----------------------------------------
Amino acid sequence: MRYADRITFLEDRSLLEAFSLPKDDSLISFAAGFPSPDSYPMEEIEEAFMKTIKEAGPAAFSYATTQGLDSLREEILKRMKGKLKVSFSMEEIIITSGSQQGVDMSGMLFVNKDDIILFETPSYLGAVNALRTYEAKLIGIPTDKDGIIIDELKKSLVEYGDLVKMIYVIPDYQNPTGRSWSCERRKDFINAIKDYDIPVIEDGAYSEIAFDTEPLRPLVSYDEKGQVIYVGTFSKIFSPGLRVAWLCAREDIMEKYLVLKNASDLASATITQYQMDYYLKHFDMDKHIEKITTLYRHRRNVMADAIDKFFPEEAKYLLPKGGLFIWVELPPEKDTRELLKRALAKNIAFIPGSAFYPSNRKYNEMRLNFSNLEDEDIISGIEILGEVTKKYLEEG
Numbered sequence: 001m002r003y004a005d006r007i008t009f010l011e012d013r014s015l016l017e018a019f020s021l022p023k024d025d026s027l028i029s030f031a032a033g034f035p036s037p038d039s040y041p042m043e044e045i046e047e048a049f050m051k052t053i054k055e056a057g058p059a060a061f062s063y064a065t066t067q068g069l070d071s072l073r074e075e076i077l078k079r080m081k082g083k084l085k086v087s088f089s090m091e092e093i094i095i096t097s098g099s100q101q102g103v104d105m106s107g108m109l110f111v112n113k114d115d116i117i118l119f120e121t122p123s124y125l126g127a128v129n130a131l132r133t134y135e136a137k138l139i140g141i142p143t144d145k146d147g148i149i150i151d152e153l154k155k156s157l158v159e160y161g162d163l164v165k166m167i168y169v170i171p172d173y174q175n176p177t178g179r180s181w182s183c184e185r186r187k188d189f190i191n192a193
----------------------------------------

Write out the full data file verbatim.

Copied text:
Amino acid sequence: MRYADRITFLEDRSLLEAFSLPKDDSLISFAAGFPSPDSYPMEEIEEAFMKTIKEAGPAAFSYATTQGLDSLREEILKRMKGKLKVSFSMEEIIITSGSQQGVDMSGMLFVNKDDIILFETPSYLGAVNALRTYEAKLIGIPTDKDGIIIDELKKSLVEYGDLVKMIYVIPDYQNPTGRSWSCERRKDFINAIKDYDIPVIEDGAYSEIAFDTEPLRPLVSYDEKGQVIYVGTFSKIFSPGLRVAWLCAREDIMEKYLVLKNASDLASATITQYQMDYYLKHFDMDKHIEKITTLYRHRRNVMADAIDKFFPEEAKYLLPKGGLFIWVELPPEKDTRELLKRALAKNIAFIPGSAFYPSNRKYNEMRLNFSNLEDEDIISGIEILGEVTKKYLEEG
Numbered sequence: 001m002r003y004a005d006r007i008t009f010l011e012d013r014s015l016l017e018a019f020s021l022p023k024d025d026s027l028i029s030f031a032a033g034f035p036s037p038d039s040y041p042m043e044e045i046e047e048a049f050m051k052t053i054k055e056a057g058p059a060a061f062s063y064a065t066t067q068g069l070d071s072l073r074e075e076i077l078k079r080m081k082g083k084l085k086v087s088f089s090m091e092e093i094i095i096t097s098g099s100q101q102g103v104d105m106s107g108m109l110f111v112n113k114d115d116i117i118l119f120e121t122p123s124y125l126g127a128v129n130a131l132r133t134y135e136a137k138l139i140g141i142p143t144d145k146d147g148i149i150i151d152e153l154k155k156s157l158v159e160y161g162d163l164v165k166m167i168y169v170i171p172d173y174q175n176p177t178g179r180s181w182s183c184e185r186r187k188d189f190i191n192a193